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I didn't do a Chem EE so am not going to say I know loads about it, but a couple of things I'd mention are that your topic seems firstly very broad and secondly like it'd be hard to do as an experiment. The best marks in science EEs tend to go to practical rather than research based experiments, i.e. experiments you've done yourself.

Other than that, read the EE guide and also the collection of 50 Excellent Extended Essays! They'll have the marking criteria, mock titles and give you an idea of what scores highly :D

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[quote name='tbib' post='42551' date='Apr 5 2009, 07:40 PM']would a creation and comparison of biofuels be an allowable/good topic for a chemistry EE?[/quote]


I would suggest you dont do fuels :) I truly believe that heavily researched topics should not be done in an EE. Not only will you never achieve and see the things you should in so little time, but you will leave very little impact on the reader who is currently developing and researching things like nitrogen based fuel in organic chemistry (actual newly established fuel). I saw this fuel develop locally and I thought, wow great idea, let me jump on it right now and write a chem paper. I went to my teacher, who is a chemical engineer and she told me how much is involved in fuel. I dont think 4,ooo words doubled is enough to write about it.

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  • 2 weeks later...

I agree with using fuels will most probably give you a word count much above 4000 and a headache...

I'm also doing my EE on Chemistry. I think the focus of the EE should be put, instead of just comparing the different types of fuels, in doing an experimnt about them. Something like "Comparative study on biofuels and gasoline by analyse of specific combustion enthalpy", where you do research on energy released by different types of fuels using calorimetry... Or "Study of the byproducts of biofuels and gasoline combustion", trying to analyse the byproducts released by those fuels...

First of all, you would tell to narrow your theme; the comparison is interesting, but too wide. Second, get a profesor to be your tutor so that he can advise you...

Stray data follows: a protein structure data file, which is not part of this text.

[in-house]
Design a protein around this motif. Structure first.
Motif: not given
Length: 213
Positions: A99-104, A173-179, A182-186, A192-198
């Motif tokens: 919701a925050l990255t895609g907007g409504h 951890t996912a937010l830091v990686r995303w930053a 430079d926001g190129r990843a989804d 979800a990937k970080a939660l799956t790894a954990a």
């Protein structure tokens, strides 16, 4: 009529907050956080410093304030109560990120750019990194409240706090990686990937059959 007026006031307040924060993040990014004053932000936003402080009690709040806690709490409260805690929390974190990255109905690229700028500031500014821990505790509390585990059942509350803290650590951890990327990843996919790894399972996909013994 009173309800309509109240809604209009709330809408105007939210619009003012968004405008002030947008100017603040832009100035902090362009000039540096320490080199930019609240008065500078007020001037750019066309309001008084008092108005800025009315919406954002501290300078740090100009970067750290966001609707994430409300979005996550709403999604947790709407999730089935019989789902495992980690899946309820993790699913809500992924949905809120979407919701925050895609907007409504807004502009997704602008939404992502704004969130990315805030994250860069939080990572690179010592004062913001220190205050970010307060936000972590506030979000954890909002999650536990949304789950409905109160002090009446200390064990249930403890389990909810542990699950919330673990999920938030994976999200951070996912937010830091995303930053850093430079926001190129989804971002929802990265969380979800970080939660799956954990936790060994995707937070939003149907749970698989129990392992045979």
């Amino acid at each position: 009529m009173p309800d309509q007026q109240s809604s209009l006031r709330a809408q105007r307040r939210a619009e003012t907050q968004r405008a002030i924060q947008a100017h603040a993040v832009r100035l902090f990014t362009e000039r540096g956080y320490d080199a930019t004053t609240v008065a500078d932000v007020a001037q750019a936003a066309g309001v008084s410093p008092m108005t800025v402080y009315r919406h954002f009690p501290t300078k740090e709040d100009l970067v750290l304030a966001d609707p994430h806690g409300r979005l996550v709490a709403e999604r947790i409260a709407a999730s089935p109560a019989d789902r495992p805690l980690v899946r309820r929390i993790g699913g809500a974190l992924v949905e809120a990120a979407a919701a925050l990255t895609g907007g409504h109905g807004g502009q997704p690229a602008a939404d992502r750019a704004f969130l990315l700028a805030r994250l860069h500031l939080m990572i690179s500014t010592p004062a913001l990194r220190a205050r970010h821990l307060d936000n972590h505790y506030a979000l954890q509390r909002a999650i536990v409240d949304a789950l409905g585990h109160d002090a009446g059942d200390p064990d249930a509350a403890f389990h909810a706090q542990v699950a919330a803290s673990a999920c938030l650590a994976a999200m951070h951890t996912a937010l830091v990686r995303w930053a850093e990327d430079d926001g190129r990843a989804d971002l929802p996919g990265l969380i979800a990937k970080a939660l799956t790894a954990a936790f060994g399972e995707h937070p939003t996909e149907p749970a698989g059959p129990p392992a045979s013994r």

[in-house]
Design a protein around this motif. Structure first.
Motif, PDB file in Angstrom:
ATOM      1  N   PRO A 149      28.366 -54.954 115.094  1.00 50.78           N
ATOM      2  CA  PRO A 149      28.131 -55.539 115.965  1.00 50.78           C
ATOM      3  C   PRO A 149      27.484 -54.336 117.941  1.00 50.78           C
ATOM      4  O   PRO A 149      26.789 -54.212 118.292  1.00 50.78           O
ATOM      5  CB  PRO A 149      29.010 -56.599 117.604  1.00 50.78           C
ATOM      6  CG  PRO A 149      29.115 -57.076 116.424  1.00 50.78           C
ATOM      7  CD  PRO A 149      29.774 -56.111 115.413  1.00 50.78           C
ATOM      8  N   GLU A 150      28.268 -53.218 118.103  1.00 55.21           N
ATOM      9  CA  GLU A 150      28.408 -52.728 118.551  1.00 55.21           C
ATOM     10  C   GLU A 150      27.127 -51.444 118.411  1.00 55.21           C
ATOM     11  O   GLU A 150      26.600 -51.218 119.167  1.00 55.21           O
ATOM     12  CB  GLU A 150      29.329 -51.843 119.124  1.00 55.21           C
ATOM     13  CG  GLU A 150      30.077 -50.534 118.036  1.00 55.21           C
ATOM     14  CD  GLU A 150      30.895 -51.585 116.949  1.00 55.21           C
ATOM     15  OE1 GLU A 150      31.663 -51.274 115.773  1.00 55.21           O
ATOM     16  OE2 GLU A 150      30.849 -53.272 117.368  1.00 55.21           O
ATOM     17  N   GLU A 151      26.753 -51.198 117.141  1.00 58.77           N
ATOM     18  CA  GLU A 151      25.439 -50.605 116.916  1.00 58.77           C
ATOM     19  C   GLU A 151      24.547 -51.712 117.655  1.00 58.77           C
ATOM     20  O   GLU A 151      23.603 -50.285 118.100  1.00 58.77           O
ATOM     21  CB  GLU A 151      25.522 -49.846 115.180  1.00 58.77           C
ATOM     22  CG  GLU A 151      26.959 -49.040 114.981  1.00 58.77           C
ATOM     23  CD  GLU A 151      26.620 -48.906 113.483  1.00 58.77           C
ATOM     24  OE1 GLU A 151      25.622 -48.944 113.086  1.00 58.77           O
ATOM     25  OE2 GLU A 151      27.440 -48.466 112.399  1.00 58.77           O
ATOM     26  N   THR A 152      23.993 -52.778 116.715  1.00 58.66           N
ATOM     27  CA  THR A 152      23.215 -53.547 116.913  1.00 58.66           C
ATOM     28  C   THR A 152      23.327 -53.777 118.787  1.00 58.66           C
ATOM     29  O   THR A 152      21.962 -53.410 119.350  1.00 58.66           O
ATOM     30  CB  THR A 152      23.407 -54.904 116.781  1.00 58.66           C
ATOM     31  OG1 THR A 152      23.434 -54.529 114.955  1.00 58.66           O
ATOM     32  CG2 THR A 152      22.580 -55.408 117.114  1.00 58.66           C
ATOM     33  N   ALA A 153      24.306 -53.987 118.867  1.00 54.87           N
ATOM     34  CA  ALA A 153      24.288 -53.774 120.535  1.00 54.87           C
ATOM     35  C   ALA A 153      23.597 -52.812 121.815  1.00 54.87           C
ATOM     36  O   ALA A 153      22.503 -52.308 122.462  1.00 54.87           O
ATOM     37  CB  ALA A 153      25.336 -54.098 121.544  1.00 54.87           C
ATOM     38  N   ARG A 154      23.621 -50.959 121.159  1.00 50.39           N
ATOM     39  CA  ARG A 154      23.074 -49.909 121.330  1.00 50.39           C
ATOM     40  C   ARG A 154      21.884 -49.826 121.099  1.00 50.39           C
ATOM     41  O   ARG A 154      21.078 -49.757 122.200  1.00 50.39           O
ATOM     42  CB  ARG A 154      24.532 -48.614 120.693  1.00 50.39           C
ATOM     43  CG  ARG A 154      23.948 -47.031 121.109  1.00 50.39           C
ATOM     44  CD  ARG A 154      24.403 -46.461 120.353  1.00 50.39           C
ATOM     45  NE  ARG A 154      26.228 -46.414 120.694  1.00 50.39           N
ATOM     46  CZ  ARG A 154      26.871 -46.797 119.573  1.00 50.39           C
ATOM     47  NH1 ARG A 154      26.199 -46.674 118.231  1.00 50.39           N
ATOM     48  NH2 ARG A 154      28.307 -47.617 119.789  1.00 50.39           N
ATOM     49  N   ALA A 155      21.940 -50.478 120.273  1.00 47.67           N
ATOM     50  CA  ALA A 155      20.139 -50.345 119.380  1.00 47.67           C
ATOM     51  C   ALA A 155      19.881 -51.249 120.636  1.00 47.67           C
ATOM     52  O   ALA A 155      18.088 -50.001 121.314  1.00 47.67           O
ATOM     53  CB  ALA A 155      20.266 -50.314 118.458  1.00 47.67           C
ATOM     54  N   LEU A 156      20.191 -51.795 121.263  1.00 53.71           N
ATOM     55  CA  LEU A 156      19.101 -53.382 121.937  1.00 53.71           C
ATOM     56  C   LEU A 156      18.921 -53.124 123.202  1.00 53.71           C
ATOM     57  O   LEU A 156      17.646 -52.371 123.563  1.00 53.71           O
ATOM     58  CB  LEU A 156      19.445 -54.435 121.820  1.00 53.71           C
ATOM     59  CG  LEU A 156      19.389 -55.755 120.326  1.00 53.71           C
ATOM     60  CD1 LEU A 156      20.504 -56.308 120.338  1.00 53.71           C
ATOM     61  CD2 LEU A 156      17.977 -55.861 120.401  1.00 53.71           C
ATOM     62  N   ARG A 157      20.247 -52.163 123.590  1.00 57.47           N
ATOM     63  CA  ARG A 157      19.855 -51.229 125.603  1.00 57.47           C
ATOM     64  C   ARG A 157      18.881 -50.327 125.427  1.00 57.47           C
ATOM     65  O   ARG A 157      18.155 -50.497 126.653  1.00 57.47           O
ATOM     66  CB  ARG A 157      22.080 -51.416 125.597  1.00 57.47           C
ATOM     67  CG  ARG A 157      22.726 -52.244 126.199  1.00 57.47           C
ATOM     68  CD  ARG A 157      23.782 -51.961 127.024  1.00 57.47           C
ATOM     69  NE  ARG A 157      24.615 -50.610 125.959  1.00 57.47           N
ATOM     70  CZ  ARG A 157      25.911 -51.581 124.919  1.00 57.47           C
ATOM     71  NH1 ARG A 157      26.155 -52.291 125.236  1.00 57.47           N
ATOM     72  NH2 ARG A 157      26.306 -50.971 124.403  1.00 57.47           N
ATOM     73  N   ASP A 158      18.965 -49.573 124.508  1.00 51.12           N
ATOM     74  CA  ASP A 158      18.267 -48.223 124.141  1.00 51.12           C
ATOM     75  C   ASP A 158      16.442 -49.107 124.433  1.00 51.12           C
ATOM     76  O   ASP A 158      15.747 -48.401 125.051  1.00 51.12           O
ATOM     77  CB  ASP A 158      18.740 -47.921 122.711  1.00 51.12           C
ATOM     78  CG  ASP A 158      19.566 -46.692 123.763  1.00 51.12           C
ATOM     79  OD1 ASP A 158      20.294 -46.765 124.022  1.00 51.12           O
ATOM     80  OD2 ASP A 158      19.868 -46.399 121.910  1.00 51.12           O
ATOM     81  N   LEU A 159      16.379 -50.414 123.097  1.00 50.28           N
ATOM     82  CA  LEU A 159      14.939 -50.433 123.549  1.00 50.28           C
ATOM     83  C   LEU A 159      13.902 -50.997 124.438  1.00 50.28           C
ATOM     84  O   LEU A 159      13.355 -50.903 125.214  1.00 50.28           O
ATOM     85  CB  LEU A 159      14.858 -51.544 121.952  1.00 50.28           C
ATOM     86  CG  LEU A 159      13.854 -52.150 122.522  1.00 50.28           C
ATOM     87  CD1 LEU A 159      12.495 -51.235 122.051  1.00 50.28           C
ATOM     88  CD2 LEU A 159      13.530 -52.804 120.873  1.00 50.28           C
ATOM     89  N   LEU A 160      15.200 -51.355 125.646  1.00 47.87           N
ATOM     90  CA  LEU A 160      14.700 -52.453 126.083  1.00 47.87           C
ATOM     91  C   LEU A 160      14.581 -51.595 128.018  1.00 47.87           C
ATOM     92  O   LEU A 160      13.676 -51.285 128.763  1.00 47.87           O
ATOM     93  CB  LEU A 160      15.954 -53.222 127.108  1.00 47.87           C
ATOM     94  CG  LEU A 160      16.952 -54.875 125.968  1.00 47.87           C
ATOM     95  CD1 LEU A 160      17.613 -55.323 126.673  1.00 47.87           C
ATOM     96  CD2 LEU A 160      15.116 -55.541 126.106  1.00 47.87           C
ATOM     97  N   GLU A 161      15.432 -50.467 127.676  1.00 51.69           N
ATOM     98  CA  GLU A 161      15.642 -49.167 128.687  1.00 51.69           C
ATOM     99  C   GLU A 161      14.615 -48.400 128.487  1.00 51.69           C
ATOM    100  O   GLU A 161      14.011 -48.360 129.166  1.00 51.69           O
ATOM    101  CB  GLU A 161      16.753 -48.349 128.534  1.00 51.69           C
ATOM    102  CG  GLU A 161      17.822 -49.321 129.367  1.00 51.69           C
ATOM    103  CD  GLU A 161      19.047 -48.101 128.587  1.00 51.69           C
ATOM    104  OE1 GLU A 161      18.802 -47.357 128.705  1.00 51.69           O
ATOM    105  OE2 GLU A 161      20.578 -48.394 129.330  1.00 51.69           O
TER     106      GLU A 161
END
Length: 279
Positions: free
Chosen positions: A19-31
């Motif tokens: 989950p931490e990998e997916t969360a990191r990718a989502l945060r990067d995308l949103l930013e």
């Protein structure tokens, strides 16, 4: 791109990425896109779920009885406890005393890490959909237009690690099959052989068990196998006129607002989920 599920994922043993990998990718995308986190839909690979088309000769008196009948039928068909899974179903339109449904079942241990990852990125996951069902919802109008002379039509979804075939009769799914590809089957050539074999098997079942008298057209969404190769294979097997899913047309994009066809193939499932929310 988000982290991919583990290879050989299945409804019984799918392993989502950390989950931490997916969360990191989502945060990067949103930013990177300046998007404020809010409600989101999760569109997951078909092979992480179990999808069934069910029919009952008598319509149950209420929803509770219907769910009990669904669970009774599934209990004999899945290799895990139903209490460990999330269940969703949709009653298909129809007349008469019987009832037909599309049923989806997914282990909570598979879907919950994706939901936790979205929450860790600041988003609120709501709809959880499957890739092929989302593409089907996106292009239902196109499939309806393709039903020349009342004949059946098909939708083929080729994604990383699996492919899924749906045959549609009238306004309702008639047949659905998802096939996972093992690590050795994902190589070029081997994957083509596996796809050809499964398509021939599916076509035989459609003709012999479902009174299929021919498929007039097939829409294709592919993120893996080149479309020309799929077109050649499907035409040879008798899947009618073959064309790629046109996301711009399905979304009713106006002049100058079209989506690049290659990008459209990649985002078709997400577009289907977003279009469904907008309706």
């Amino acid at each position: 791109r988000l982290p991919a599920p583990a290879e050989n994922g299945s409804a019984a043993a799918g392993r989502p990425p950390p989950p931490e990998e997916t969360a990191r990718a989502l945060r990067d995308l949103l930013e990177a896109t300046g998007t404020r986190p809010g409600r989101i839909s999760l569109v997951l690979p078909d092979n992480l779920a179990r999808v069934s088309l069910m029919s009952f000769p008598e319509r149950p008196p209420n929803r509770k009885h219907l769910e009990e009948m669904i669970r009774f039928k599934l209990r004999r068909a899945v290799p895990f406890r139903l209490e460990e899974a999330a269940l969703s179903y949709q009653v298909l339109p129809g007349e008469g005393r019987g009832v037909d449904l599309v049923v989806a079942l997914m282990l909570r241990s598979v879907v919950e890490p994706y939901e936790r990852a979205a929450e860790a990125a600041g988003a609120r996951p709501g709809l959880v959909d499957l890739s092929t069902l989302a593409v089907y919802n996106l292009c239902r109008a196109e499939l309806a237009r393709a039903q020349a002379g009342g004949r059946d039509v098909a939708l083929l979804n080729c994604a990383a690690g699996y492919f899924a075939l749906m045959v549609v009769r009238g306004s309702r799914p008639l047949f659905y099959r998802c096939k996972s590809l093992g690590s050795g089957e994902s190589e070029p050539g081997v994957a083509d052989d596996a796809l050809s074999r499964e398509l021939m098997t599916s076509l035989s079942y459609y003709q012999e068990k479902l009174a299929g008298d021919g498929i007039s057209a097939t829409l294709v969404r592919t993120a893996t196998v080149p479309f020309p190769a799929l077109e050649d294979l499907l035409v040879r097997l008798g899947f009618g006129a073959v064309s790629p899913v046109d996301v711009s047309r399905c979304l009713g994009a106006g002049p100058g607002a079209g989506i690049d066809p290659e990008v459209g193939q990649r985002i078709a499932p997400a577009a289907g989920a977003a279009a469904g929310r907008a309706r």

Good luck!

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while that is a good topic, something else came into mind.

In either topic you are working with a combustion reaction, which is not an advisable thing to do. Also a lot of aromatic carbons are considered dangerous, because they are carcogens.

I was working in a lab, when someone put a carbon based crystal into water and the teacher told us all to evacuate. The substance forms a poisonous gas in presence of water.

Fuels are way to complex to work with, and the onyl time I would advice someone to wor kwith them is maybe if they are exploring the option: further organics.


Here is another thing I have a concern about. So IBO hires professors to grade these papers under the assumption that HL chem (which is where an EE for chem is advisable by IBO) will cover an elevated concept in chemistry. Do you see what I mean? So these professors and teachers sign up for the grading, and IBO s hoping that what you have written about will fit into their frame work of mind without knowing and adhering to a sylabus. see its easy if a chemistry IB teacher grades these. They know the potential and extent to which fuels are covered and can see exactly what you are trying to say, always taking note of the statements in their mind. A professor will look at your paper and wonder why viscosity wasnt covered on a chemical aspect, why molarity used is not in increments of as certain quantity that will yield enough hydrogen ions to contribute to a small change in PH, or why you are writing about something so typical and already established. I dunno. I was taught and told over and over again my a chemical engineer that a research scientist will laugh at the work you produce, unless you do something that is mind-blowing.

Here is a fuel based topic worthy of EE in IB along with a strong, very strong adviser:

"What is the rate of C-Cl bonds being broken at different intensity of ultraviolet light at 2,000 ft elevation"
Problem: health hazards that need to be controlled

Best of luck :S

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I did mine on chemistry, about fuel specifically. Ethanol and petrol.

My experiment was very succesful and the EE was really good. Although, I did make my Topic focused.

I wouldnt see a problem in doing that, just make it more focused.

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  • 2 weeks later...

Its a good question just make sure that it is narrow and focused. For example, i am doing mine on "Determining the calcium ion concentrations present in Evian, Volvic, spa, vittel and Chaude Fontaine commercial mineral waters in order to determine the healthiest one"

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  • 5 weeks later...

i'm doing my EE on chemistry too. my topic is on caffeine extraction, but i'm not quite sure what my focused topic is.
does anyone have any suggestions or ideas on caffeine extraction experiments? i could really use some help :P

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